14. Nor will Seattle be covering cost overruns.

        That’s an interesting faith-based statement. You may be right, state law says otherwise.

        The surface street improvements could be paid for with State gas tax money if it wasn’t all being consumed by the tunnel.

      15. It’s not a faith based statement, it’s just not going to happen. Even most state lawmakers acknowledge this. And a lot of that language isn’t signed by the city anyhow.

      16. This isn’t about money, as I’ve explained in several places now. It’s about demand. Transit projects have to meet much more strict guidelines for demand and potential ridership than road projects do (obviously, as nobody’s batted an eyelash at a 40% drop in projections due to tolling).

        The issue is that a future rail line’s potential ridership is going to look much lower after this is built – so that future rail line will be less competitive for FTA funds, less cost effective, and easier for the opposition to fight.

        Transit proponents *must* understand that the *only* reason we don’t have good transit in the US is because we keep building roads.

      17. So you have no one committed to picking up the tab for overruns. That sounds like a recipe for success.

      18. Tunnel supporters can’t have it both ways.

        They can’t argue that the tunnel is a “done deal” because everyone has voted on it and appropriate money… but then turn around and say that Seattle is not on the hook for cost overruns, which are a part of that legislative deal.

        And, lazarus, legislators have been very clear that they will not provide more money to Seattle, period. Illegal or not, they will find a way to leave us stuck with the bill. And, at least for the moment, our Senators have absolutely no interest in bringing federal monies into the equation on this.

      19. I don’t like the tunnel, but I completely disagree with you. The tunnel will not negatively affect the ability to expand Link, Sounder, Amtrak, or anything else, partially because it doesn’t link places that people want to go to so hardly anyone will use it.
        I don’t get your reasoning about how it would affect future Amtrak, Sounder, and HSR planning, the only driving trips that it will make faster and easier is if you’re going from like Wallingford to West Seattle. Most people who would ride the future Westside line would be going to Downtown from Ballard or West Seattle, and this will not affect that market; in fact, with the increased surface traffic from the viaduct being taken down, even more people would probably want that light rail line.

      20. These are all “mosts” or “partiallys”. All these trips are mosts or partiallys.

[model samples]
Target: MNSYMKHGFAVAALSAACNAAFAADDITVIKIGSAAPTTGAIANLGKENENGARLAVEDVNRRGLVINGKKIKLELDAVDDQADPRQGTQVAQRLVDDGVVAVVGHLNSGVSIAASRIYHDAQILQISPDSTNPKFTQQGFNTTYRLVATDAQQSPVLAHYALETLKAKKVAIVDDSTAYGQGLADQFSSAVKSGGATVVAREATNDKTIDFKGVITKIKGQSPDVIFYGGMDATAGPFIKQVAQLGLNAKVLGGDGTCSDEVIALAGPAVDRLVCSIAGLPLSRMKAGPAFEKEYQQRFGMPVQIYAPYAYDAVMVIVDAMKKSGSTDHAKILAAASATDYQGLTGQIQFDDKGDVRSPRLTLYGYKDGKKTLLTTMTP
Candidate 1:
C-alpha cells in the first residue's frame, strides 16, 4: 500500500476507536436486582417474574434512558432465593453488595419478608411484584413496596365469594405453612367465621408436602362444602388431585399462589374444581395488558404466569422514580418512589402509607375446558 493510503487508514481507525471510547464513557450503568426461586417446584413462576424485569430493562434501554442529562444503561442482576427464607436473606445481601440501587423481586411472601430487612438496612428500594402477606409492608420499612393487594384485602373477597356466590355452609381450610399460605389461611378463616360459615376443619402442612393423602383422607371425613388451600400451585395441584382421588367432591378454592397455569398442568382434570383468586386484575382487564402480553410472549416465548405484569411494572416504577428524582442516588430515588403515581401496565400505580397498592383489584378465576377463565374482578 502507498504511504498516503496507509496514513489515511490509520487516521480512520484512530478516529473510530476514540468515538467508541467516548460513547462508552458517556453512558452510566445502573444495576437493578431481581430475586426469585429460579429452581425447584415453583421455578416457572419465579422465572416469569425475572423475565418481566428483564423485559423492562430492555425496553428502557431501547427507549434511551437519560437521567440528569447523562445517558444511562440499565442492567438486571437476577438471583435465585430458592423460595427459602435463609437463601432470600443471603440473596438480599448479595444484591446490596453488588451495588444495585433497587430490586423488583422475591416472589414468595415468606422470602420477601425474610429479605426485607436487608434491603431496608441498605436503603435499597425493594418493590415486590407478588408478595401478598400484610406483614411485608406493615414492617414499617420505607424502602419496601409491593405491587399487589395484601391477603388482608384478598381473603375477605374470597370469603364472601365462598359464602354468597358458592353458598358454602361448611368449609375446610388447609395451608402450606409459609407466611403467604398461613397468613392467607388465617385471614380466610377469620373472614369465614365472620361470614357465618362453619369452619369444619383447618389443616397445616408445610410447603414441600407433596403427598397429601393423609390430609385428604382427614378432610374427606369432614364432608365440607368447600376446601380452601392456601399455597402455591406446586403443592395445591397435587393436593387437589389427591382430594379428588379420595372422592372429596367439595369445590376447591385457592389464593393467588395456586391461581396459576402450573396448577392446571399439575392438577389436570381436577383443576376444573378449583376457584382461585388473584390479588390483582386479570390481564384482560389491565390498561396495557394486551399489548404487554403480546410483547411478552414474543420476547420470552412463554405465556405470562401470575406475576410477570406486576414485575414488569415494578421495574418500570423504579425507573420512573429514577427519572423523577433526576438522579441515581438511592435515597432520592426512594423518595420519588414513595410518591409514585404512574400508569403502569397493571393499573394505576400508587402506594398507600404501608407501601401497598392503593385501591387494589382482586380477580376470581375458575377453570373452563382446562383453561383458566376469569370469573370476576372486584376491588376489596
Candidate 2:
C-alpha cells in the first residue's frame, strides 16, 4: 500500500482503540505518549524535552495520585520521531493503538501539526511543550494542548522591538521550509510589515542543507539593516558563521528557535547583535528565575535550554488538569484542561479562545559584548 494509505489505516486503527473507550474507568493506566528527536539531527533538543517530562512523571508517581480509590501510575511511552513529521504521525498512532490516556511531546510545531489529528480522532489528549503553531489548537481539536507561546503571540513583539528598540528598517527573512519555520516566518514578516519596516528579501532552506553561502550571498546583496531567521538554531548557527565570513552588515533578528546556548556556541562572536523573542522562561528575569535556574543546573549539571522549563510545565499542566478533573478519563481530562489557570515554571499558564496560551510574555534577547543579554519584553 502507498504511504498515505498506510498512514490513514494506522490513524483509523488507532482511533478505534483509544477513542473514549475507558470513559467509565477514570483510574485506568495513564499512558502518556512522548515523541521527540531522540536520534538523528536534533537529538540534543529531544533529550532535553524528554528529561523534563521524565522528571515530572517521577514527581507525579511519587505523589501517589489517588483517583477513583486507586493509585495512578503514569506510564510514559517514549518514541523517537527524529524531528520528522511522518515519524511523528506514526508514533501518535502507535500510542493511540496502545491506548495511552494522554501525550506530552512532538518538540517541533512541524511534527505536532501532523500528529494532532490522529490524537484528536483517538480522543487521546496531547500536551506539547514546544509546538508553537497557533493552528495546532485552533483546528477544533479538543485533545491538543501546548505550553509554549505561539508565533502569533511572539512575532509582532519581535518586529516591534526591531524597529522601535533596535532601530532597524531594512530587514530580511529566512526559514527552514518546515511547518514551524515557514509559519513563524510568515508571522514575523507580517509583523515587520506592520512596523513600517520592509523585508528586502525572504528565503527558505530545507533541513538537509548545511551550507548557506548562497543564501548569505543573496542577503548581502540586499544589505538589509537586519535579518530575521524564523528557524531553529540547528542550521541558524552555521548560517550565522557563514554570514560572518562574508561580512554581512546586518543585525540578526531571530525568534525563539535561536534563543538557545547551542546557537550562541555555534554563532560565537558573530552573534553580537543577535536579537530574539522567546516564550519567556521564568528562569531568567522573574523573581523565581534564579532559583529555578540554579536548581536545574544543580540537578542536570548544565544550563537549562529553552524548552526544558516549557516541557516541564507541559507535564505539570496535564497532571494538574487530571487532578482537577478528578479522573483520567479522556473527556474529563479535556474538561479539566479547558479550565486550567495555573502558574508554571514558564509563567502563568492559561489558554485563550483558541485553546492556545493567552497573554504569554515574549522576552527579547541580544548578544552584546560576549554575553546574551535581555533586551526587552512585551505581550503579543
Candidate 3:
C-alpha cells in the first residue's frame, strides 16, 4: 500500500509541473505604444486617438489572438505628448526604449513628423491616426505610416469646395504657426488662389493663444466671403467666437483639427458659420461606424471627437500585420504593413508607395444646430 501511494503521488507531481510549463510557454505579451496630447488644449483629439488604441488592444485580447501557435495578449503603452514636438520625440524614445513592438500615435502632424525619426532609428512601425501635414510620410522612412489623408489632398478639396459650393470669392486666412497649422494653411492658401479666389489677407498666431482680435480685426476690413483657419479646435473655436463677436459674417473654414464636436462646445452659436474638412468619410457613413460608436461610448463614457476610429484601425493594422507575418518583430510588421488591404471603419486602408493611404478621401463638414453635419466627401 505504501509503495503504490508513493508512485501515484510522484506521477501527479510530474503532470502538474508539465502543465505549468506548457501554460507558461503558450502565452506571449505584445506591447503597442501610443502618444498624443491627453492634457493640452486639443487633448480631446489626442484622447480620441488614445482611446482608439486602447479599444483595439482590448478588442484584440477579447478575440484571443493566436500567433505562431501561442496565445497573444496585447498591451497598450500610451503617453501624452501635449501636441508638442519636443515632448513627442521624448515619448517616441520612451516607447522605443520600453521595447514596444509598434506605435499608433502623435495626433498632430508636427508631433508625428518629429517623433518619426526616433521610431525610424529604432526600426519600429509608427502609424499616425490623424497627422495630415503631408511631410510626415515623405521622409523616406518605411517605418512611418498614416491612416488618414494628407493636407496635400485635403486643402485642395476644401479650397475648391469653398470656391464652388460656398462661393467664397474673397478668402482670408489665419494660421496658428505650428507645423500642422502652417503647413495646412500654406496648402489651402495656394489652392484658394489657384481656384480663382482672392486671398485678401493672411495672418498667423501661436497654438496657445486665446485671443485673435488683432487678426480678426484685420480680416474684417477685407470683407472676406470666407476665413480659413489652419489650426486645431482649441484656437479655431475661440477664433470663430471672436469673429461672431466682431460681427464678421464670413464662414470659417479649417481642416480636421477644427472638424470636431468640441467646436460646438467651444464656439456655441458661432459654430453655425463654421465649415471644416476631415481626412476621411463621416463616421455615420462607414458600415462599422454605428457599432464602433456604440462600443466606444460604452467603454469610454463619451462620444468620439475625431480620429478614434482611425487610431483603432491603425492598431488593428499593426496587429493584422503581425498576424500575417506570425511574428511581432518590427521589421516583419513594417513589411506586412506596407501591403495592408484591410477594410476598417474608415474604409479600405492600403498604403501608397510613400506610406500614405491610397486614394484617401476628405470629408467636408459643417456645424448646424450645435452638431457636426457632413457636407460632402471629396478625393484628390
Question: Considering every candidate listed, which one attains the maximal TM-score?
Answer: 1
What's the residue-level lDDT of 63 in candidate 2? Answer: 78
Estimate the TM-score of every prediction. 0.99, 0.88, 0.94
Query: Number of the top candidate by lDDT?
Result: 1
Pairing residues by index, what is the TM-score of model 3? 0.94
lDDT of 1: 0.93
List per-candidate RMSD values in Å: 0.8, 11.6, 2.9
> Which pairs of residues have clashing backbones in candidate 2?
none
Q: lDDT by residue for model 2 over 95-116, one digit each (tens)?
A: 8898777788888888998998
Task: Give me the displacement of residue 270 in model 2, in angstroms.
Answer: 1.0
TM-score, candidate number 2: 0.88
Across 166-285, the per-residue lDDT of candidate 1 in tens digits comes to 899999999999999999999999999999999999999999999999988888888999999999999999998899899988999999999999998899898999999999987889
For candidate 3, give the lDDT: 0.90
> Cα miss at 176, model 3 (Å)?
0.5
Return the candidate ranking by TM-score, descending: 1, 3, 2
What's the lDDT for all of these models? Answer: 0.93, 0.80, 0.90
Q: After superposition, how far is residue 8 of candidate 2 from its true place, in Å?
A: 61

The tunnel will specifically subsidize through trips – say, from Fremont to the airport, or from Ballard to Shoreline. These trips are the hardest ones to replace with transit already, and with the existence of a fast car option, future transit options won’t appear to compete well and will be much more likely to die in the planning stage.

      21. Ben, that comment is ridiculous on its face.

        First, people have been saying over and over right here that the Tunnel would reduce the number of cars traveling 99. That doesn’t jibe at all with “making it more attractive.” As I said before, you can’t have it both ways.

        Second, I think Seattle has had ample opportunity to prove that pain doesn’t drive transit ridership – convenience does. We’ve made it very painful indeed to get from here to there by car, unless traveling at night. Parking costs more than a meal at some restaurants, and on-street parking is slowly disappearing altogether. An event in Seattle can mean traffic jams backing up to Redmond on 520, to Factoria on 99, to Lake Forest Park and Tukwila on I-5.

        What we need is decent transit. Lay the shame on our parents, who checked “No” on plan after plan, for leaving us this mess. But don’t put the cart before the horse in the name of “saving ourselves” for some magical transit that might show up in 30 years.

        You’re right in one respect – you can’t build a bus service that competes with a road, because as much as you or I might like them (and I do), to most people buses are an awful alternative. Agreed that the only way to force people onto buses is to take away their cars (or roads) completely.

        But that’s not going to happen, because citizens won’t let it happen.

        So let’s get on with building fast transit with a dedicated right-of-way, so the citizens can get from neighborhood to neighborhood with something vaguely resembling speed and comfort, THEN start talking about removing through highways.

      22. If you really think pain doesn’t drive transit ridership, I have a bridge in Kansas to sell you.

        Remember the I-5 construction work that spiked Sounder ridership?

  3. Even if you wanted to build stations there, I don’t think you could, because you couldn’t dig that deep of a station just in the street, you’d have to demolish a few skyscrapers.

    1. The Hong Kong MTR subway system integrates deep-bore station entrances into existing buildings, then uses high speed escalators to move people between street level and the multiple platform levels.